An action-packed, entertaining blend of space hijinks, humor, and romance.

THE DISASTERS

A diverse crew of space academy washouts cracks wise and kicks ass while racing against time to save Earth colonies from terrorists.

By the year 2194, space colonization is a fact of life, and future colony officers train at the Ellis Station Academy on the moon. Wannabe pilot Nax Hall is mortified at failing out of the program on his first day. When terrorists attack the station, Nax steals their shuttle to escape, along with three other Academy washouts: Rion, a rich black boy from London with an interest in politics; Zee, a blonde, athletic trans girl from Kazakhstan who’s skilled at medicine and surgery; and Case, a former child genius and tech prodigy with two moms (one Latinx, one Asian) who suffers from panic attacks. By the time they team up with Asra, a Bengali Muslim hijabi girl and talented hacker, they’ve been framed for the assault and have only days to save the colonies. As the five flee from planet to planet with terrorists on their tail, they build a believable friendship. The banter flows freely and the tension stays high while Nax contends with his growing attraction to both Rion and Case. The refreshingly normalized representations of Muslim, South Asian, trans, and bisexual characters enrich this appealing story.

An action-packed, entertaining blend of space hijinks, humor, and romance. (Science fiction. 13-18)

Pub Date: Dec. 18, 2018

ISBN: 978-0-06-265767-1

Page Count: 368

Publisher: HarperTeen

Review Posted Online: Sept. 17, 2018

Kirkus Reviews Issue: Oct. 15, 2018

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This story is necessary. This story is important.

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THE HATE U GIVE

Sixteen-year-old Starr Carter is a black girl and an expert at navigating the two worlds she exists in: one at Garden Heights, her black neighborhood, and the other at Williamson Prep, her suburban, mostly white high school.

Walking the line between the two becomes immensely harder when Starr is present at the fatal shooting of her childhood best friend, Khalil, by a white police officer. Khalil was unarmed. Khalil’s death becomes national news, where he’s called a thug and possible drug dealer and gangbanger. His death becomes justified in the eyes of many, including one of Starr’s best friends at school. The police’s lackadaisical attitude sparks anger and then protests in the community, turning it into a war zone. Questions remain about what happened in the moments leading to Khalil’s death, and the only witness is Starr, who must now decide what to say or do, if anything. Thomas cuts to the heart of the matter for Starr and for so many like her, laying bare the systemic racism that undergirds her world, and she does so honestly and inescapably, balancing heartbreak and humor. With smooth but powerful prose delivered in Starr’s natural, emphatic voice, finely nuanced characters, and intricate and realistic relationship dynamics, this novel will have readers rooting for Starr and opening their hearts to her friends and family.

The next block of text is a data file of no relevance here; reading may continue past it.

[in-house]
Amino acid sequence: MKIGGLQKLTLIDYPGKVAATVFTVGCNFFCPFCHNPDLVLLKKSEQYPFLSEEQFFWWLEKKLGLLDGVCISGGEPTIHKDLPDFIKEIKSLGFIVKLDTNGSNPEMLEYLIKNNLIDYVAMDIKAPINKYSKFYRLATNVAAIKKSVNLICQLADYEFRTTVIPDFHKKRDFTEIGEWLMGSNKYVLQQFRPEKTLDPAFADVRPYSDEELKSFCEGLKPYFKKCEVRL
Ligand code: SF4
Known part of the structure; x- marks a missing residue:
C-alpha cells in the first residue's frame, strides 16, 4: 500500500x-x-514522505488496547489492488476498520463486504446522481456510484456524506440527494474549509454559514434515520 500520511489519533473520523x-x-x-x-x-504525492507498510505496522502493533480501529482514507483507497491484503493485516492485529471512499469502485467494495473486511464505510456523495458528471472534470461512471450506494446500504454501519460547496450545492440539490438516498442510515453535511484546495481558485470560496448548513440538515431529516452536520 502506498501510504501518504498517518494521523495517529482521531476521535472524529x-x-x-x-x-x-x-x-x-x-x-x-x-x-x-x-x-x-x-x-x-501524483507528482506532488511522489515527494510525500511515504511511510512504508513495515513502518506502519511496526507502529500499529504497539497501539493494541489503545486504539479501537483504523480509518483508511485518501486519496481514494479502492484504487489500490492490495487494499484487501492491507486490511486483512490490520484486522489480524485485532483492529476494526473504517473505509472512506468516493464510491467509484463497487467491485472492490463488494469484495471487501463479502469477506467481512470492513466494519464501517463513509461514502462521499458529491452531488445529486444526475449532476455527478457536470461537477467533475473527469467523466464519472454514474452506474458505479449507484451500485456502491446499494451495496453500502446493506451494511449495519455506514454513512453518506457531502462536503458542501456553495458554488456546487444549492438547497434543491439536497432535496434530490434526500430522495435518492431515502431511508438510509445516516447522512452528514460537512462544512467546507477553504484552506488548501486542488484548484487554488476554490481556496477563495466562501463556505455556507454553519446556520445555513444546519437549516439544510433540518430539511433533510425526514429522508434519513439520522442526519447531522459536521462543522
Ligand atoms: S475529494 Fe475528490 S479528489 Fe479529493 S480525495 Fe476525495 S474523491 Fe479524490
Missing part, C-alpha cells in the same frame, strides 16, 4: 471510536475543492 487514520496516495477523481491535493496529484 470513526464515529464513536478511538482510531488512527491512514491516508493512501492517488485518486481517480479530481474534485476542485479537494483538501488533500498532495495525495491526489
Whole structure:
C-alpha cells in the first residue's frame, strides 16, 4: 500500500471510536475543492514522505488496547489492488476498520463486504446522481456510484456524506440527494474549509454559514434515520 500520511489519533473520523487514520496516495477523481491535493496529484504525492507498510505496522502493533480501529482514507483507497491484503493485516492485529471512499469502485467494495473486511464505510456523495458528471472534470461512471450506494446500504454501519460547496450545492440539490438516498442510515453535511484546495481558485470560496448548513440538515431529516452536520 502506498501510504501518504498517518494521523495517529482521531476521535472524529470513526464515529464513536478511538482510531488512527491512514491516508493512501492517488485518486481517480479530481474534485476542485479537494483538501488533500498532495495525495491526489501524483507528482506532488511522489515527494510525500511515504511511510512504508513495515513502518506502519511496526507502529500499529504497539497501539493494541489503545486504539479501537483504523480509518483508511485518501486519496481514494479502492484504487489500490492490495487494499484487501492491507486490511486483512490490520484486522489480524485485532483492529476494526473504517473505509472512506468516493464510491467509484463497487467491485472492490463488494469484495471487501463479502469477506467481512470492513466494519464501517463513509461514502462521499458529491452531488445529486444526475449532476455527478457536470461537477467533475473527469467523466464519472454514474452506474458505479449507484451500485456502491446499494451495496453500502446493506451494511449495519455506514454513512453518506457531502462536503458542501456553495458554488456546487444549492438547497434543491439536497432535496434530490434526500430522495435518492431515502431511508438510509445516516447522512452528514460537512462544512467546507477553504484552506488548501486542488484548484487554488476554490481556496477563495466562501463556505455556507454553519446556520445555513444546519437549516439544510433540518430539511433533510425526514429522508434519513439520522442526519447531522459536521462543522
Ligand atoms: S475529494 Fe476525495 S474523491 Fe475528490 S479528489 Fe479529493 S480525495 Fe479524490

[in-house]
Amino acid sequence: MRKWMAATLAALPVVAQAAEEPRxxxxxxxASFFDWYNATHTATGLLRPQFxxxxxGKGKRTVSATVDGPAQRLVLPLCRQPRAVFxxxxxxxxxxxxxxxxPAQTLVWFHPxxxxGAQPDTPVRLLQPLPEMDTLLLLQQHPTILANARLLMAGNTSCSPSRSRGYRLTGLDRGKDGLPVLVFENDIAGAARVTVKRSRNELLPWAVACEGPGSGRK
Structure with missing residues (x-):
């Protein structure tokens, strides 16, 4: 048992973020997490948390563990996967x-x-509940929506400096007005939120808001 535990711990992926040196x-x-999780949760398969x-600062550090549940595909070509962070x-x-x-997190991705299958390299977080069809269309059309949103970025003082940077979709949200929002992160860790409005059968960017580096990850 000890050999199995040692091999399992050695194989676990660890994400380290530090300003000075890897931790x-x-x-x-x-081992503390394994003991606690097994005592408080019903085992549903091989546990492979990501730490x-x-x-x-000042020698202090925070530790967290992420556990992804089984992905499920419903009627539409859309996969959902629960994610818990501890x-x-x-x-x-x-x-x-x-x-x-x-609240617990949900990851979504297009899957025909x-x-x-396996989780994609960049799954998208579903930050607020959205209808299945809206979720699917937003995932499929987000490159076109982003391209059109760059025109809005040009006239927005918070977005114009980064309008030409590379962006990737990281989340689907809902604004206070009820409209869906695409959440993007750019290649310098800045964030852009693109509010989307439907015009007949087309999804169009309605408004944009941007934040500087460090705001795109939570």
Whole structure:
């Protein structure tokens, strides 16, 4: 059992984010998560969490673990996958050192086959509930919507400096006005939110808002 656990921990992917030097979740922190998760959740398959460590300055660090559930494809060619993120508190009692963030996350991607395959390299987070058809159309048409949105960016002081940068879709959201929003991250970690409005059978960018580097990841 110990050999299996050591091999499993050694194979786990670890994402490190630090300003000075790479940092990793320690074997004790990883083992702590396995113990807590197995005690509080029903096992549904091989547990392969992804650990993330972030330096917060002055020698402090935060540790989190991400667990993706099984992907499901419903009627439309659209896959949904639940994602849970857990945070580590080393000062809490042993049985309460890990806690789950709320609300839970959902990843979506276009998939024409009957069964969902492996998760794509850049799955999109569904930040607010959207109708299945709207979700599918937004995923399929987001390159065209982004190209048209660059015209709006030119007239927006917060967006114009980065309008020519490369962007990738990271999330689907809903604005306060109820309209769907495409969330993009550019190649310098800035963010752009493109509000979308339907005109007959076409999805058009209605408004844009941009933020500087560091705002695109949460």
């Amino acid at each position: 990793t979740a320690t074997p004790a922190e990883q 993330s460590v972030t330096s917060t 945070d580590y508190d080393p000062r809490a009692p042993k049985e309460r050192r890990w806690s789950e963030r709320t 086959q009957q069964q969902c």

This story is necessary. This story is important. (Fiction. 14-adult)

Pub Date: Feb. 28, 2017

ISBN: 978-0-06-249853-3

Page Count: 464

Publisher: Balzer + Bray/HarperCollins

Review Posted Online: Dec. 6, 2016

Kirkus Reviews Issue: Dec. 15, 2016

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A slo-mo environmental disaster story.

THE NATURE OF WITCHES

Weather witches confront climate change in this fantasy.

Clara Densmore is her generation’s sole Everwitch and is unwilling to embrace her powers. Unlike the male and female autumn, winter, spring, and summer witches, whose powers peak during their respective seasons, Clara thrives year-round. At the Eastern School of Solar Magic in Pennsylvania, 17-year-old Clara shuns friendships and only does short-term flings, as her love can be lethal and has already killed her parents and best friend. Losing her powers seems like the selfless solution, but nonmagical shaders have pushed the planet too far with their environmental destruction. Seasonal witches are starting to die amid accelerated natural disasters—and only Clara can save the world. A budding romance with magical mentor/visiting botany student 18-year-old Sang Park from California helps Clara bloom. Redheaded, blue-eyed Clara is cued as White, and Sang is Korean American—but race, class, and other identity-related concerns are rarely a factor in this world. Debut author Griffin unfortunately fails to breathe new life into chosen one fantasy tropes—the obligatory villain, the unavoidable romance, the overly dramatic sacrifice—but excels at lush and lovely descriptions of nature and the weather and delivers a stern, if heavy-handed, message about environmental consequences of modern living.

A slo-mo environmental disaster story. (Fantasy. 14-18)

Pub Date: June 1, 2021

ISBN: 978-1-72822-942-3

Page Count: 352

Publisher: Sourcebooks Fire

Review Posted Online: April 8, 2021

Kirkus Reviews Issue: May 1, 2021

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